Depression: good to discuss

Last year I wrote a blog post on Blue Monday, an international day which serves to raise awareness for depression. This year, Blue Monday was on January 15. The week before, on January 9, the Dutch Ministry of Public Health started a national campaign with the aim of making it easier to talk about depression, particularly for adolescents and young adults.

“over 800,000 currently depressed people in the Netherlands alone”

Depression is common. According to the Ministry of Public Health, there are over 800,000 currently depressed people in the Netherlands alone. Last November, the Ministry conducted a survey among over 1,500 respondents. It demonstrated that many depressed people would like to mention their situation to others, but often find it difficult to do so. Moreover, these “others”, including family and friends, tend to avoid the topic because they are afraid of causing extra stress.

The vicious cycle is obvious. Consider a woman who feels depressed. When she and others in her environment do not talk about her depression, her inability to share her feelings may lead her to feel increasingly lonely. As a result, she may end up feeling even more sad. Gradually, mild depression might turn into severe depression: depressive symptoms increase in quantity, but may also change in quality, for example suicidal thoughts might emerge.

“To break the cycle, someone has to start talking.”

To break the cycle, someone has to start talking. This idea is at the core of the national campaign, which uses “Hey, it’s okay!” as its slogan. The campaign focuses on the social environment of depressed people. Relatives and friends are asked to initiate the conversation, preferably one-on-one. While this may be difficult if you have never been depressed yourself, you can probably imagine that for many depressed people it might even be more difficult. The public stigma of depression may be less now than a few years ago, but depressed people continue to suffer from self-stigma, which occurs when public attitudes about depression, which are often negative, are internalized (Corrigan & Rao, 2012).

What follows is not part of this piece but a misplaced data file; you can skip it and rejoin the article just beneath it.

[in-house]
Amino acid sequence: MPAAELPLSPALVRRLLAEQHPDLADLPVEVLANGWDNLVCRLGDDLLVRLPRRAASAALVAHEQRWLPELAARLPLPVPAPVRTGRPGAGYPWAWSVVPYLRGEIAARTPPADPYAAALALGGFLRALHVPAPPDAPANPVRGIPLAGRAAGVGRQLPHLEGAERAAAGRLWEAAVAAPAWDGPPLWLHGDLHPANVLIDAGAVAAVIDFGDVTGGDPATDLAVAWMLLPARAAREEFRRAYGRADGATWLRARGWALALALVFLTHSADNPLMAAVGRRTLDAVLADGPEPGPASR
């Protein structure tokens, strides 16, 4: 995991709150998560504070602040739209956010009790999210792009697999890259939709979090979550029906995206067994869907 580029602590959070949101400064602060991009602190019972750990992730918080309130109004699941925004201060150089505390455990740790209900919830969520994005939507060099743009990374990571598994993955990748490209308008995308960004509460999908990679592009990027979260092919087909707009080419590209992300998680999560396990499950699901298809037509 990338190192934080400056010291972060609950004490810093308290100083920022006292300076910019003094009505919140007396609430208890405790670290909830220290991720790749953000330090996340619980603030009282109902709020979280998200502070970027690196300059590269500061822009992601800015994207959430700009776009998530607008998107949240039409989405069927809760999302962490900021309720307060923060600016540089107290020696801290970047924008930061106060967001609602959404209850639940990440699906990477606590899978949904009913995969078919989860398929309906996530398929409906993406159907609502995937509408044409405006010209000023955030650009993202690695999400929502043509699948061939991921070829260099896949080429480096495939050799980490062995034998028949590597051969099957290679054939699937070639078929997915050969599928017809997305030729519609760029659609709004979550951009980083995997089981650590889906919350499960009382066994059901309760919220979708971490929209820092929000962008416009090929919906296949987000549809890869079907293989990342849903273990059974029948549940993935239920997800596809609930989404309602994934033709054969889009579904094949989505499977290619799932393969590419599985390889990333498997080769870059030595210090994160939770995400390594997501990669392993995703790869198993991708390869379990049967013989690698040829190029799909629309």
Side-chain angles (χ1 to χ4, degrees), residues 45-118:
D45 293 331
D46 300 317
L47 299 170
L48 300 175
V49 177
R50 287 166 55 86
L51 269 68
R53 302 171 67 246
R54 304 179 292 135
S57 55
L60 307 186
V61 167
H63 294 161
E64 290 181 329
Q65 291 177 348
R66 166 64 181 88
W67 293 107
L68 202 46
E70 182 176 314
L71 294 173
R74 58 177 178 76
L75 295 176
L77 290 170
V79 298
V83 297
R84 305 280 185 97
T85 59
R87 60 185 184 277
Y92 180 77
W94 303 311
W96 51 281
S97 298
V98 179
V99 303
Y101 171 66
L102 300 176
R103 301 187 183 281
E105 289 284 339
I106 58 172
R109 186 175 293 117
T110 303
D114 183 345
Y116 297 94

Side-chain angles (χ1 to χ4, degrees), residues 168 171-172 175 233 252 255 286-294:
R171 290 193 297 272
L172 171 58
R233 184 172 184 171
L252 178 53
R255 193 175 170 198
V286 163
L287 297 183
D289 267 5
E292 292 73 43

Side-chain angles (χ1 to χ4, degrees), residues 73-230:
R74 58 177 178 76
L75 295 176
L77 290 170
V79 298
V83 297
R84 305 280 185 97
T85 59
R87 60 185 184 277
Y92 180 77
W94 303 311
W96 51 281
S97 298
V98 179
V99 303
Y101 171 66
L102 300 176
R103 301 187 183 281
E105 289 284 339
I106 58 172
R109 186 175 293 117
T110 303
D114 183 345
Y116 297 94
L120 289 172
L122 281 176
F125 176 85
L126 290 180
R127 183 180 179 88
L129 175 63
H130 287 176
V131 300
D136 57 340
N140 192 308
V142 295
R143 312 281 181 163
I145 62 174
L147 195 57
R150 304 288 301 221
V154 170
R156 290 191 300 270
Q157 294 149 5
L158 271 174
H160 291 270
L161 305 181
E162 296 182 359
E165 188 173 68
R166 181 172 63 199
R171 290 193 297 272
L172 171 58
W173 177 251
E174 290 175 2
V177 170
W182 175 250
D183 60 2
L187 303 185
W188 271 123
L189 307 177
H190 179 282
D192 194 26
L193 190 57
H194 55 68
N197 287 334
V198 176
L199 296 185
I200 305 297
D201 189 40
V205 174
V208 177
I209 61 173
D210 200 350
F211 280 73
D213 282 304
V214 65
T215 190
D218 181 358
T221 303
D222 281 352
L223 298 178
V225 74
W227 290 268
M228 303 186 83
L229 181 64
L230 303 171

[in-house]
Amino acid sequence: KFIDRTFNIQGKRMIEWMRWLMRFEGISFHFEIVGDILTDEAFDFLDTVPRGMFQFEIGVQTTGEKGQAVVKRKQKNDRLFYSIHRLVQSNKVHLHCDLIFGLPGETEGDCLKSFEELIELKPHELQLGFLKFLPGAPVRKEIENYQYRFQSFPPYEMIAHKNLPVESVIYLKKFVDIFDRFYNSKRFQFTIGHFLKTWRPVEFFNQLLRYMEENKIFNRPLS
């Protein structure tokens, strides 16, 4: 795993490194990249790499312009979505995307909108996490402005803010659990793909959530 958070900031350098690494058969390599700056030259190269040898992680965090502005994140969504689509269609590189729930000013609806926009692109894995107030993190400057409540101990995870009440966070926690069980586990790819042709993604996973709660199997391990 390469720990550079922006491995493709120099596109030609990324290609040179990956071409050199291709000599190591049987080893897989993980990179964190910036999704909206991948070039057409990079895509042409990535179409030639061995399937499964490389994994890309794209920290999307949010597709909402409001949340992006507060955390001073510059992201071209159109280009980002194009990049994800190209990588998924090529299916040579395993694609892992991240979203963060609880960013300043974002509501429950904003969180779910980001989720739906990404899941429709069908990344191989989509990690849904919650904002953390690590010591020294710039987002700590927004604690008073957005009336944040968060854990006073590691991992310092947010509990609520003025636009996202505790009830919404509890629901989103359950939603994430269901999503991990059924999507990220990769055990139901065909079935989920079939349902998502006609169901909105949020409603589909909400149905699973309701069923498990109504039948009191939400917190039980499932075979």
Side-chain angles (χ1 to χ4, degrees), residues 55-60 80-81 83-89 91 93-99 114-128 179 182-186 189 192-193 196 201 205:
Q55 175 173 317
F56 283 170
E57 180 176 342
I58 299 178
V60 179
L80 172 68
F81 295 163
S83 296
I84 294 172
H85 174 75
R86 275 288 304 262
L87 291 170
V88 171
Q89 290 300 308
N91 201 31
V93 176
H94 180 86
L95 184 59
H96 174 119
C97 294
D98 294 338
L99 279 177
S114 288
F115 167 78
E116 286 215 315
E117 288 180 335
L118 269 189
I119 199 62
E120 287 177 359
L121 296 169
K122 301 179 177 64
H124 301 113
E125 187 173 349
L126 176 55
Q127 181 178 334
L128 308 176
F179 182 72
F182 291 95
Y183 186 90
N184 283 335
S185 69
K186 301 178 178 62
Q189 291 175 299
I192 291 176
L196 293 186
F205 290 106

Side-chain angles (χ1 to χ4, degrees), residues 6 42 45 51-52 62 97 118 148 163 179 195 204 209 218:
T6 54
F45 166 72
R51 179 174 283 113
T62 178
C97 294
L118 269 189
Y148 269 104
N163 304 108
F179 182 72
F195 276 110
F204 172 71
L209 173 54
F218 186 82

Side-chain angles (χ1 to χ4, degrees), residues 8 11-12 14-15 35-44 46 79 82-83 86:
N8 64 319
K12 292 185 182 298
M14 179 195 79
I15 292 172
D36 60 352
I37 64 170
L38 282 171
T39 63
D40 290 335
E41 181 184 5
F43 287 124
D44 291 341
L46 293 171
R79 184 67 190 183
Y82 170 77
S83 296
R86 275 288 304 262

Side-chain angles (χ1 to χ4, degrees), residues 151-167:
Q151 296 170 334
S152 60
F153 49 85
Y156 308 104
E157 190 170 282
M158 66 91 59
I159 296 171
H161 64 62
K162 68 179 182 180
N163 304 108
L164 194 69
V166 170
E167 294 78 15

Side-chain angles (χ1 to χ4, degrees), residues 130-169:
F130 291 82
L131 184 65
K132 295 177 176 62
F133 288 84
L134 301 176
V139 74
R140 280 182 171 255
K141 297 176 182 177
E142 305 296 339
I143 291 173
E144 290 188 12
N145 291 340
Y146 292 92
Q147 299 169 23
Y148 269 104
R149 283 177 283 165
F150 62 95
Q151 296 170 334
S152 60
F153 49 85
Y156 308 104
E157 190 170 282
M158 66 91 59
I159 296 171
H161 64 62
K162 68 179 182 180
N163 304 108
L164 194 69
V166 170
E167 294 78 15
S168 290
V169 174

So what to do, if you are a relative or friend of someone who is showing depressive symptoms? (Often we can recognize the symptoms of depression quite easily, for example from someone’s facial expressions, posture and speech; Segrin, 2010) There is a Dutch-language website on stigma that offers concrete suggestions for starting a conversation. There are also suggestions for people who are depressed and thinking of discussing their situation with others. Two general tips: Prepare, and do not judge.

“Prepare, and do not judge.”

What about those of you who do not speak Dutch? The website of the World Health Organization (WHO) also offers advice on what to do when you know someone with depression. As depression is a very common mental problem world-wide, in 2016 the WHO organized the year-long international campaign “Depression: Let’s talk.” The aims of the campaign were to better inform the general public about depression, to get people with depression to seek help more, and to make it easier for family and friends of people with depression to provide support. The campaign ended on 10 October 2017, World Mental Health Day. In a year’s time, there had been over 300 campaign activities in many countries across the world. The core message? An open dialogue about depression is needed to raise awareness, build understanding, and reduce stigma.


Corrigan, P.W., and Rao, D. (2012) On the self-stigma of mental illness: Stages, disclosures, and strategies for change. Canadian Journal of Psychiatry 57(8): 464-469.

Segrin, C.G. (2010) Depressive disorders and interpersonal processes. In L. M. Horowitz & S. Strack (Eds.), Handbook of Interpersonal Psychology (pp. 425-448). Hoboken, NJ: Wiley.

Other links:


Image by James Byrum, licenced under CC BY 2.0

Dr. aan het Rot completed her doctoral degree at McGill University (Montreal, Canada) and was a postdoctoral fellow at the Mount Sinai School of Medicine (New York, USA). She works at the University of Groningen since 2009 and is affiliated with the Heymans Institute for Psychological Research and with the Groningen School of Behavioral and Cognitive Neuroscience (BCN). Her research interests concern the role of interpersonal and biological factors in the development and maintenance of psychological problems. More specifically, Dr. aan het Rot is interested in (1) the role of interpersonal factors in the development and maintenance of psychological problems, and (2) the biological factors that underlie poor interpersonal functioning. Dr. aan het Rot teaches in the Dutch and English Bachelor and Master programs of Psychology. For more information, you can visit her website.

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